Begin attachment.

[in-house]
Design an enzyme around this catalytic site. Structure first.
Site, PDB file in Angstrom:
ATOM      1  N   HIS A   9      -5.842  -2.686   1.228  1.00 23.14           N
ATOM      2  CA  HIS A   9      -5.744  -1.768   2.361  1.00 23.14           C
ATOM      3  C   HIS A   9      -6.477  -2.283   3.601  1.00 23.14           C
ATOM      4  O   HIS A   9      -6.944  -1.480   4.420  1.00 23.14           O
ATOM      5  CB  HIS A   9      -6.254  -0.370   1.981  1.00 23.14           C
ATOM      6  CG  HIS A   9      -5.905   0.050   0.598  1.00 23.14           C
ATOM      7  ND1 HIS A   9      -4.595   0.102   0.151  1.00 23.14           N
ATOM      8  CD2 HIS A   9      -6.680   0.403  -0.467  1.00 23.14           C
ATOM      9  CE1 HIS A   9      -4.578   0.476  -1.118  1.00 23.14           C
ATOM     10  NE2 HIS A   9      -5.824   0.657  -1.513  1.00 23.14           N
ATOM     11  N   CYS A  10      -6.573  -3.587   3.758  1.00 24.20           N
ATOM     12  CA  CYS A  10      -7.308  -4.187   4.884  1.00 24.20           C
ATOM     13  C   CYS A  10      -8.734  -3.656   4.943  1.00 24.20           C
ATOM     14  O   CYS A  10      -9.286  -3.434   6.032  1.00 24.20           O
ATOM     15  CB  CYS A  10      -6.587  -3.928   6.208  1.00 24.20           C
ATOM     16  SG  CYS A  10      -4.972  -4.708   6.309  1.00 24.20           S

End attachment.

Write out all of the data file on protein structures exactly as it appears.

[in-house]
Design an enzyme around this catalytic site. Structure first.
Site, PDB file in Angstrom:
ATOM      1  N   HIS A   9      -5.842  -2.686   1.228  1.00 23.14           N
ATOM      2  CA  HIS A   9      -5.744  -1.768   2.361  1.00 23.14           C
ATOM      3  C   HIS A   9      -6.477  -2.283   3.601  1.00 23.14           C
ATOM      4  O   HIS A   9      -6.944  -1.480   4.420  1.00 23.14           O
ATOM      5  CB  HIS A   9      -6.254  -0.370   1.981  1.00 23.14           C
ATOM      6  CG  HIS A   9      -5.905   0.050   0.598  1.00 23.14           C
ATOM      7  ND1 HIS A   9      -4.595   0.102   0.151  1.00 23.14           N
ATOM      8  CD2 HIS A   9      -6.680   0.403  -0.467  1.00 23.14           C
ATOM      9  CE1 HIS A   9      -4.578   0.476  -1.118  1.00 23.14           C
ATOM     10  NE2 HIS A   9      -5.824   0.657  -1.513  1.00 23.14           N
ATOM     11  N   CYS A  10      -6.573  -3.587   3.758  1.00 24.20           N
ATOM     12  CA  CYS A  10      -7.308  -4.187   4.884  1.00 24.20           C
ATOM     13  C   CYS A  10      -8.734  -3.656   4.943  1.00 24.20           C
ATOM     14  O   CYS A  10      -9.286  -3.434   6.032  1.00 24.20           O
ATOM     15  CB  CYS A  10      -6.587  -3.928   6.208  1.00 24.20           C
ATOM     16  SG  CYS A  10      -4.972  -4.708   6.309  1.00 24.20           S